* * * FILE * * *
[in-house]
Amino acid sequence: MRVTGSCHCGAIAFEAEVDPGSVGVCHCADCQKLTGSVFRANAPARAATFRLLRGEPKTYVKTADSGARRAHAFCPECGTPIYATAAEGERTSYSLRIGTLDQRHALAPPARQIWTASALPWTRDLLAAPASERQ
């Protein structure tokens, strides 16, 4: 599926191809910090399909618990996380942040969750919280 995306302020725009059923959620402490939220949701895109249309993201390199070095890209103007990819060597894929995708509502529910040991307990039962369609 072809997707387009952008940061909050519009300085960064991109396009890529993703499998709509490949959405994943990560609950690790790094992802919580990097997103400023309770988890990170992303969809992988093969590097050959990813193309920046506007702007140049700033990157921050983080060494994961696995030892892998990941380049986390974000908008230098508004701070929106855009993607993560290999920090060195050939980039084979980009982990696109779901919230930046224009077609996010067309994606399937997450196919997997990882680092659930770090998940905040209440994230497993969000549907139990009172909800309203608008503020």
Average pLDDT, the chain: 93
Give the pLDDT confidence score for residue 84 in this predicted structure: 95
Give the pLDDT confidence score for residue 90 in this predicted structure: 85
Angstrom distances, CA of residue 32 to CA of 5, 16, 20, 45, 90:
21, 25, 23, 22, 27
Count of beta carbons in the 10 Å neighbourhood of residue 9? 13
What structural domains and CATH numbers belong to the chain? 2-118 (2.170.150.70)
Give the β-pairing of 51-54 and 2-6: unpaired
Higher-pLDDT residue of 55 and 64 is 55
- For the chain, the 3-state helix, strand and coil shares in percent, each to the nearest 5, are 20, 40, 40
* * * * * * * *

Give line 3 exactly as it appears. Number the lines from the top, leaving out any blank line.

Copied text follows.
């Protein structure tokens, strides 16, 4: 599926191809910090399909618990996380942040969750919280 995306302020725009059923959620402490939220949701895109249309993201390199070095890209103007990819060597894929995708509502529910040991307990039962369609 072809997707387009952008940061909050519009300085960064991109396009890529993703499998709509490949959405994943990560609950690790790094992802919580990097997103400023309770988890990170992303969809992988093969590097050959990813193309920046506007702007140049700033990157921050983080060494994961696995030892892998990941380049986390974000908008230098508004701070929106855009993607993560290999920090060195050939980039084979980009982990696109779901919230930046224009077609996010067309994606399937997450196919997997990882680092659930770090998940905040209440994230497993969000549907139990009172909800309203608008503020």